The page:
The tritone of F#-C is resolved four times in the Requiem. Three times it moves to a quiet F major (at the end of movements I, II, and VI) and once to a hopeful F# major at the end of V. Also, after the great climax of the last movement, which drowns the cries of the choir for deliverance from eternal death in the judgment themes of the second movement, the tritone disappears in the "Let us sleep now" and the final reconciliation of all the performing forces. However, the children who represent the future of humankind sing the tritone again. Is this a warning that the children are destined to make the same mistakes as their parents, "knowing that better men may come, and greater wars?" We are left with the discomfort of this dual ending as the children sing the tritone and the choir resolves it once more to F major.

On Visiting Coventry Cathedral

An essay by Shannon Cordes, a junior at St. Olaf College (class of 2014) studying Economics and English; currently studying abroad at The University of Oxford. When on campus, Shannon is a member of the St. Olaf Chapel Choir

On the night of the full moon in November of 1940, German fighter jets conducted Operation Moonlight Sonata, dropping a siege of bombs upon the un-expecting town of Coventry, England. In the wake of the bombs' destruction, rubble, chaos and sorrow remained. St. Michael's Cathedral, built in the 14th century, lay in ruins.

These are the very ruins I visited in March — 73 years since that defining night — during my junior year abroad at the University of Oxford. In April, the St. Olaf Chapel Choir will be performing with the St. Olaf Orchestra Benjamin Britten's War Requiem. Since the War Requiem was commissioned for the opening of the new Coventry Cathedral and premiered there by the City of Birmingham Symphony Orchestra in May, 1962, it felt fitting to visit the site for which Britten wrote his renowned work.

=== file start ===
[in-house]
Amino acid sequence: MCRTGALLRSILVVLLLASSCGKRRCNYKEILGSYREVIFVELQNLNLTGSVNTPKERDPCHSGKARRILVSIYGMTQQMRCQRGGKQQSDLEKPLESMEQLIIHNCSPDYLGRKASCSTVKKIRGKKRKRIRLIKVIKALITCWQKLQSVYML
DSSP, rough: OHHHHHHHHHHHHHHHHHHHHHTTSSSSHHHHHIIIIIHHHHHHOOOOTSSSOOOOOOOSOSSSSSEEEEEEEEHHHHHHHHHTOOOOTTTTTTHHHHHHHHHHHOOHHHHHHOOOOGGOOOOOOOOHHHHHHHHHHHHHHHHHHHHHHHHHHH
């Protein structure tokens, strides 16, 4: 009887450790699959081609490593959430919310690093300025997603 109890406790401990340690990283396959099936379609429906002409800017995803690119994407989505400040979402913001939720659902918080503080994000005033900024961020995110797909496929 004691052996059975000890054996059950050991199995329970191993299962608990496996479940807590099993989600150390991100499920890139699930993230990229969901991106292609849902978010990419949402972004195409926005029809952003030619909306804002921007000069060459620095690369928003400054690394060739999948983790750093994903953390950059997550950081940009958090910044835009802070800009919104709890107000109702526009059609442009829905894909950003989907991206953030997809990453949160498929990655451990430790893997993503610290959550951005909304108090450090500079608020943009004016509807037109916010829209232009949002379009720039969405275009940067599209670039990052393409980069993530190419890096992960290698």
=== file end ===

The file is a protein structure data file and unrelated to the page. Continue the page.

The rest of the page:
When the National Express Bus first pulled into Coventry, I could see from the town's periphery the old Cathedral's spire standing sentinel-like over the town. This figure served as my reference point as I navigated my way from the bus station to the twin Cathedrals — one a constant reminder of the human destruction that permeates not only the past, but also the present, the other a symbol of peace and justice for the future. Making my way towards the entrance of the new Cathedral, I walked under an archway christened with a cross. As I stepped beyond this threshold, to my right stood a wall of windows that beckoned me towards the new Cathedral. I peered through the windows and caught a glimpse of the jarring tapestry that covers the front wall behind the altar. I looked around me, wondering where the old Cathedral could be. Puzzled, I continued walking, but stopped when I noticed steps leading up towards an entryway. What lay beyond I could not have fathomed.

Immediately, as I passed through the concealed opening, I realized I was standing in the ruins of the old Cathedral. Yet these were not the ruins I had envisioned in my mind. I had expected to see uninhabitable rubble, not an open-air structure integrated for public use. The space felt like an inviting courtyard, in which one woman read a book while eating her lunch, and two friends sat on an available bench, casually catching up. Once an enclosed place of worship, the ruins of the old Cathedral stood as an extension of nature. Since the bombs destroyed the Cathedral's roof, the ruins' ceiling was a vast expansion of sky. The surrounding walls still retained their stature, but evoked a sense of mourning in their decayed facade. I walked towards the altar of stones, passing through imaginary wooden pews that once held people in prayer. Presiding at the altar is the wooden cross, constructed from two burned beams that once supported the old Cathedral's roof. Behind the cross, engraved in stone, is a message for us all: Father, Forgive. When I read this inscription, Jesus' words from the cross immediately materialized. 'Father, forgive them, for they know not what they do.' These words do not seek revenge for the human destruction created during the Second World War, but rather an ideal beyond forgiveness — reconciliation. At the foot of the altar rests a tablet engraved with the Litany of Reconciliation, which transforms the suffering of the past embodied in the ruins into the mission of the new Cathedral.